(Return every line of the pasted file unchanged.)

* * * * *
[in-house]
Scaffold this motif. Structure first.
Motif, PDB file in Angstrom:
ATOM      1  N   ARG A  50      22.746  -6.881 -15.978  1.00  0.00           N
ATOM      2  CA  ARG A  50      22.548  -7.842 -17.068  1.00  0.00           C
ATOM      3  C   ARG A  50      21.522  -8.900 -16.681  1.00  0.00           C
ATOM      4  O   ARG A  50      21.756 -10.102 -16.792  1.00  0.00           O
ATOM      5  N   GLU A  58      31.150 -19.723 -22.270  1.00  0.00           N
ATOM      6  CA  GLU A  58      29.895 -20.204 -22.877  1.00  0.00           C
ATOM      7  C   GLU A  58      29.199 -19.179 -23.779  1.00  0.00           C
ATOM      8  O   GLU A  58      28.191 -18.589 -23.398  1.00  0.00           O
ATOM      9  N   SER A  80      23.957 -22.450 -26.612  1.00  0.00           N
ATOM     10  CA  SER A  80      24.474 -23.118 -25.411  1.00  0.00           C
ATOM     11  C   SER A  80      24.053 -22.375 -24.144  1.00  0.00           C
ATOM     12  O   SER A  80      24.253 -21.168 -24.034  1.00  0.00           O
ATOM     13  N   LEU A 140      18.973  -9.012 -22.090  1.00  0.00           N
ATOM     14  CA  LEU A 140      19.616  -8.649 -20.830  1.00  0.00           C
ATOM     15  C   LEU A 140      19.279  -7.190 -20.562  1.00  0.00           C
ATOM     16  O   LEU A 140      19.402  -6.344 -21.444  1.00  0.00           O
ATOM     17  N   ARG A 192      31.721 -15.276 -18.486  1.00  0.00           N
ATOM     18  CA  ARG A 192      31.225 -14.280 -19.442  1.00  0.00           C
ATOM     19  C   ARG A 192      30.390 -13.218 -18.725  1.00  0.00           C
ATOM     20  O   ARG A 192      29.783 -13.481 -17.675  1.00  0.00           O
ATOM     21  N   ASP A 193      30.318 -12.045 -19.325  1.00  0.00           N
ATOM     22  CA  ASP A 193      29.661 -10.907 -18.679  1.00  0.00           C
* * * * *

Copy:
[in-house]
Scaffold this motif. Structure first.
Motif, PDB file in Angstrom:
ATOM      1  N   ARG A  50      22.746  -6.881 -15.978  1.00  0.00           N
ATOM      2  CA  ARG A  50      22.548  -7.842 -17.068  1.00  0.00           C
ATOM      3  C   ARG A  50      21.522  -8.900 -16.681  1.00  0.00           C
ATOM      4  O   ARG A  50      21.756 -10.102 -16.792  1.00  0.00           O
ATOM      5  N   GLU A  58      31.150 -19.723 -22.270  1.00  0.00           N
ATOM      6  CA  GLU A  58      29.895 -20.204 -22.877  1.00  0.00           C
ATOM      7  C   GLU A  58      29.199 -19.179 -23.779  1.00  0.00           C
ATOM      8  O   GLU A  58      28.191 -18.589 -23.398  1.00  0.00           O
ATOM      9  N   SER A  80      23.957 -22.450 -26.612  1.00  0.00           N
ATOM     10  CA  SER A  80      24.474 -23.118 -25.411  1.00  0.00           C
ATOM     11  C   SER A  80      24.053 -22.375 -24.144  1.00  0.00           C
ATOM     12  O   SER A  80      24.253 -21.168 -24.034  1.00  0.00           O
ATOM     13  N   LEU A 140      18.973  -9.012 -22.090  1.00  0.00           N
ATOM     14  CA  LEU A 140      19.616  -8.649 -20.830  1.00  0.00           C
ATOM     15  C   LEU A 140      19.279  -7.190 -20.562  1.00  0.00           C
ATOM     16  O   LEU A 140      19.402  -6.344 -21.444  1.00  0.00           O
ATOM     17  N   ARG A 192      31.721 -15.276 -18.486  1.00  0.00           N
ATOM     18  CA  ARG A 192      31.225 -14.280 -19.442  1.00  0.00           C
ATOM     19  C   ARG A 192      30.390 -13.218 -18.725  1.00  0.00           C
ATOM     20  O   ARG A 192      29.783 -13.481 -17.675  1.00  0.00           O
ATOM     21  N   ASP A 193      30.318 -12.045 -19.325  1.00  0.00           N
ATOM     22  CA  ASP A 193      29.661 -10.907 -18.679  1.00  0.00           C